What do you believe the soul looks like?
Answer by Geoffrey Klempner
In the early days of film photography, when the workings of a camera and the process of exposure and printing were still a mystery to many people, certain individuals gained notoriety in the Spiritualist world for taking photographs of ‘ectoplasm’.
Funnily enough, the ectoplasm photographed flowing out of the sitter’s head or body looked remarkably like crumpled white bed sheets.
According to the theory, ectoplasm isn’t the soul or spirit itself, but seems to have been conceived as a material which covers or drapes the soul, enabling it to become visible, or semi-visible.
We can smile at this, but I’m not going to venture an opinion on the ectoplasm theory. It might be true. One would need more that a photograph or two to provide convincing evidence. However, the real question is whether the idea of the soul as something you could, in principle, see by some means – a special camera perhaps, or specially designed glasses – makes coherent sense.
Descartes in the Meditations contemptuously dismisses the popular idea of the soul as a, ‘breath of wind, a vapour’, on strict logical grounds. A thinking substance can have none of the properties of extended substance. Extended substance has spatial position. Thinking substance experiences, perceives, thinks, wills etc. Defined as thinking substance, a soul can have neither extension nor spatial position. Nor does the theory of mind-body interaction require this. The locus of interaction (which Descartes hypothesized to be the pineal gland in the brain) is not, literally, the place where the human soul is located. It is merely the place where it ‘acts’, bringing about changes in the physical world, and being affected by physical changes.
Spiritualists don’t have to agree with this, of course. They can insist on the older notion of the soul or spirit as a quasi-physical entity, capable of passing through walls, but also, when the occasion requires it, having the power to tap a table.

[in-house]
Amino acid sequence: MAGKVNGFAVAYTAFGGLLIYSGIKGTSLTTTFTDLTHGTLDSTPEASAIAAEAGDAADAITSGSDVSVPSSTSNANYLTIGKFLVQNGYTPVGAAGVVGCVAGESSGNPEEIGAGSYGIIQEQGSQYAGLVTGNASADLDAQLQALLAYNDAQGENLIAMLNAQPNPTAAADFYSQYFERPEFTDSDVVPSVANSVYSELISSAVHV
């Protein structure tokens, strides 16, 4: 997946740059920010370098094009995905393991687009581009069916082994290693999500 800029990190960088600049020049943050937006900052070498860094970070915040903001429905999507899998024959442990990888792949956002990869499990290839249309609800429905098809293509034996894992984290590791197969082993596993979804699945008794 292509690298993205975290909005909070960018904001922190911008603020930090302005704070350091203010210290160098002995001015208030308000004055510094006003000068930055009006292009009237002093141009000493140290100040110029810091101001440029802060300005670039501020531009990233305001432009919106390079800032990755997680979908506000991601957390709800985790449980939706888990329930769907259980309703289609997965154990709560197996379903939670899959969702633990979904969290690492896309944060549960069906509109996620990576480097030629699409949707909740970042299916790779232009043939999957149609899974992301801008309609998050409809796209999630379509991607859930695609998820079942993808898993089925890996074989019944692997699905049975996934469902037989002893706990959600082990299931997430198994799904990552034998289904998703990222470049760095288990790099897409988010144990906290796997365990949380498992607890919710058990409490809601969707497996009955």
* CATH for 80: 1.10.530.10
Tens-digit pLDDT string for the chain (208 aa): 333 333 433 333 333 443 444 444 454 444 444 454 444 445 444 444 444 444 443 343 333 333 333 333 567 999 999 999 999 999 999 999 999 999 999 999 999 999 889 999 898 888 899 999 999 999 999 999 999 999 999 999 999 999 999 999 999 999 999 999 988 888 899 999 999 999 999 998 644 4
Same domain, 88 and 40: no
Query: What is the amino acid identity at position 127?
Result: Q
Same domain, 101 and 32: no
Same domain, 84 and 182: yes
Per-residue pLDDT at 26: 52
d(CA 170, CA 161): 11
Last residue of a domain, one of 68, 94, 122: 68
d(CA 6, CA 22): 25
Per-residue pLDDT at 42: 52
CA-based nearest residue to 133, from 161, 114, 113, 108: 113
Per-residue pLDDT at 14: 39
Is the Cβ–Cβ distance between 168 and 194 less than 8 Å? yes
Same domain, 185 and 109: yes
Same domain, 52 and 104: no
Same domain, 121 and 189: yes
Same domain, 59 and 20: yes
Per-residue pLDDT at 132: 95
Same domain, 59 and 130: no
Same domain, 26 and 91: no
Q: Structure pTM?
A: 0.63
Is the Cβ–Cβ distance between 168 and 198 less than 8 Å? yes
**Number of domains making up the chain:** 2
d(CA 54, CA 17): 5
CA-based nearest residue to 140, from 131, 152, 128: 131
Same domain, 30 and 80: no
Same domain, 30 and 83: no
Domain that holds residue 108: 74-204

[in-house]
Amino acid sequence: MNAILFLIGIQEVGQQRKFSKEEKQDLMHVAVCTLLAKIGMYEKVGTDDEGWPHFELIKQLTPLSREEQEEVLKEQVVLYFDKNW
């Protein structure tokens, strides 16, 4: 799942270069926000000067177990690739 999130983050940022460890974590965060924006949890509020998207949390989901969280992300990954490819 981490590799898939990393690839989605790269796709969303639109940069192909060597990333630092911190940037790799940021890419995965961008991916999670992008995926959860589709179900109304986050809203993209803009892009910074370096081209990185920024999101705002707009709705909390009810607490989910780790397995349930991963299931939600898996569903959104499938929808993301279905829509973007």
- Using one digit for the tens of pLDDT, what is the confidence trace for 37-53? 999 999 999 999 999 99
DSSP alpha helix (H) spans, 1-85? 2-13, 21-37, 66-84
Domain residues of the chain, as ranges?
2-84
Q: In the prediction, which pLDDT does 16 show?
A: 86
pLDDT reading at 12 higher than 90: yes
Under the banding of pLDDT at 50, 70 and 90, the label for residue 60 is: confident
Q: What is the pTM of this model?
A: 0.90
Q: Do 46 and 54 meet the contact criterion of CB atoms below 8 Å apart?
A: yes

Descartes’ response would be the same as his response to materialism as a theory of the soul. I can doubt whether there exists a spatial world without doubting my existence. If I have a soul body or ‘spirit’ located in space, then that would be another kind of ‘extended substance’. In which case, I must have two souls, my Cartesian non-located soul or thinking substance, and my soul body, the substance that gets draped with ectoplasm at seances.
Wittgenstein remarks somewhere that the human face is the best image of the human soul. This is actually in line with popular representations of the soul body or spirit. How would you recognize a loved one’s soul when you saw it unless you could see his/her face? The Cartesian soul, on the other hand, as pure thinking substance cannot have an appearance – or can it? Those who are religious believe that God can see one’s soul. If God can see my soul, surely He knows ‘what it looks like’?
The answer isn’t obscure or contrived: A virtuous soul looks virtuous. An evil soul looks evil. If there exists a God who is able to ‘see’ your soul, then he does so in a similar way to the way you see yourself when you introspect, only without all the concealing layers of self-deception. What does that look like? It’s something everyone does, even if we don’t always see through the lies. There is something it is like to introspect. But it doesn’t look like anything.
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